Archive for December, 2010

The Rights and Wrongs of Killing off Your Characters:

23 Dec

This is a fun subject that every good writer eventually encounters: When is it ok to kill off your characters, and what is ok when killing him off? Here is a guide to all of the literal literary pitfalls and traps you’ll encounter when trying to kill one of your characters.

Tip 1

The main character normally does not die, or if he does, he comes back. Sometimes you can get rid of the persistent person for good, but normally only because he’s “gone to a happier place.” Got it. So avoid releasing your homicidal urges on the main character and try for the minor characters or supporting leads.

Tip 2

If your story involves a complicated love-triangle, don’t just kill off everyone who doesn’t fit into your desired romance, keep an ace up your sleeve for these situations: a charming person  to even out the story’s romantic interests.

Tip 3

When you kill off a character, don’t expect the reader to care much unless:

a. the victim was very close to the main character

b. the victim’s death was essential to the plot

c. the victim was an important supporting lead

d. the victim had been/would be discussed a lot during the rest of the story’s duration

e. the victim was close to a supporting role to the point that their death would define the character in some way

f. the victim’s death leads up to something

If none of these apply, its safe to say that it doesn’t matter that you’re killing off the character, and their death is an unnecessary inconvenience that does not require the elaboration of being expounded upon. In other words, don’t bother.

However, if any of these do apply, you may feel free to do whatever killing you feel is required.

Nightrise Part One’s Release

23 Dec

I just want to say thank you to all of the loyal

fans who purchased and read Nightrise:

The Ascension of Darkness. Look forward to

Part 2. For those of you who already are,

I will be releasing a sneak peak of part 2 that

will give you a hint of the many things to come.


How to Develop Your Characters

20 Dec

One of the most important things you have to learn as a

writer is how to develop your characters, meaning how

to take a story with generic “taking up page space”

characters and make them seem like people. You know

your story is successful when people who read it don’t

forget even the minor character’s names. So, to get you

to that point as a writer, here are some tips:

1. Have each name be distinct. If you have trouble with this, try starting each name with a different letter, and don’t have all of them begin with vowels or all of them begin with consonants.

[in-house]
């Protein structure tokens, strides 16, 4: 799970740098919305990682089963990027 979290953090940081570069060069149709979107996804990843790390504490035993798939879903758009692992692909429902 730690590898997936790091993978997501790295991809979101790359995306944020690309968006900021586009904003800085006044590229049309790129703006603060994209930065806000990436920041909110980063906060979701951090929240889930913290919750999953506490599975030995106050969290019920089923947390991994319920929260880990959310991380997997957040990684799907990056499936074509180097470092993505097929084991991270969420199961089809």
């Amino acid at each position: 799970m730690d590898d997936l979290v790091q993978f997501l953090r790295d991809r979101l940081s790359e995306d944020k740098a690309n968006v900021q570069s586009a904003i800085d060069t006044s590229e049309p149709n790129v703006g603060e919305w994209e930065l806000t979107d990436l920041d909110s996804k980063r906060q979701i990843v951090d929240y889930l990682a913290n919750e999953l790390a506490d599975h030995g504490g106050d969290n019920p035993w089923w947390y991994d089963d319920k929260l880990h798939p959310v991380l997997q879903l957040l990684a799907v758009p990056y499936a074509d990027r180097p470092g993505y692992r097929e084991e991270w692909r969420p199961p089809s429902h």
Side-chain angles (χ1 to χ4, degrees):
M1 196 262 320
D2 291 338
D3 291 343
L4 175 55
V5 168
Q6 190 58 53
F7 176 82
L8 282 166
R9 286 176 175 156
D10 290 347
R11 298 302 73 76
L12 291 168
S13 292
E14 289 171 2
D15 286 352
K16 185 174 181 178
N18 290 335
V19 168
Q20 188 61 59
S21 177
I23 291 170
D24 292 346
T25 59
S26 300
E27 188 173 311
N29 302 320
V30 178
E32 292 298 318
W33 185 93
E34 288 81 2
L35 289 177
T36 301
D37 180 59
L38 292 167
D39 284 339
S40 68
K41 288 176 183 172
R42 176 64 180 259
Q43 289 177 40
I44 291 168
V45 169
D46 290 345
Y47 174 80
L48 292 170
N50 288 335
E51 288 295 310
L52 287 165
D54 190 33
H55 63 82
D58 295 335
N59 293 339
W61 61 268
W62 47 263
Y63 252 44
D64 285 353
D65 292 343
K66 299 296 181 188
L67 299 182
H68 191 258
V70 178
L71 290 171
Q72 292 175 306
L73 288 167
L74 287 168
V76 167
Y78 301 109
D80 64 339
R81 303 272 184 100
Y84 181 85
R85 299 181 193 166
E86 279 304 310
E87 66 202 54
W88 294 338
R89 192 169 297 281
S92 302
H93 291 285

2. Give each character a point-of-focus (one character might be specifically a bully, so have what they do revolve around that. If they’re ever in an uncommon situation where something besides the normal is expected of them, make them seem awkward or afraid.)

3. Always know more about the character than you tell. Feel free to write it down. You should know everything, from what their favorite food is to their worst fear. Believe me, it will come in handy later.

4. Don’t give people to many characters at once, and if they’re not important, don’t feel the need to expound upon them. We don’t want to hear the life story of Billy Bob Joe the Janitor of the building across the street from the one the main character walked past two years before… (no mother’s-uncle’s-cousin’s-boss’s-daughter-in-law-twice removed stuff)

5. Have a comic relief character, one whose actions will bring amusement to the story.

6. Have the main character experience some sort of realization.

7. It’s okay for the main character not to be perfect. Even in real life we’re not all Chuck Norris’s, worshiped by the ground we walk on and able (according to popular legend) to do pretty much every scientifically impossible action known thus far to man, and several that aren’t. Not even Chuck Norris has as much power as some people like to represent him with, so don’t think that for some reason your main character should be perfect. Even in romance novels perfect characters never turn out well.

8. Give your character some distinct and recognizable feature. If I say lightning shaped scar and circular wire rimmed glasses, you say Harry Potter.

More character development tips are to come in a later, updated  installment. For now, enjoy your writing and keep a lookout for Part Two.

Nightrise: The Release

10 Dec

Nightrise Part 1 is to be released on Dec. 18th! Prepare for the wonder of a whole new fantasy world in science fiction!

RA Spyder:The Official Site

"Through Me Good Will Prevail."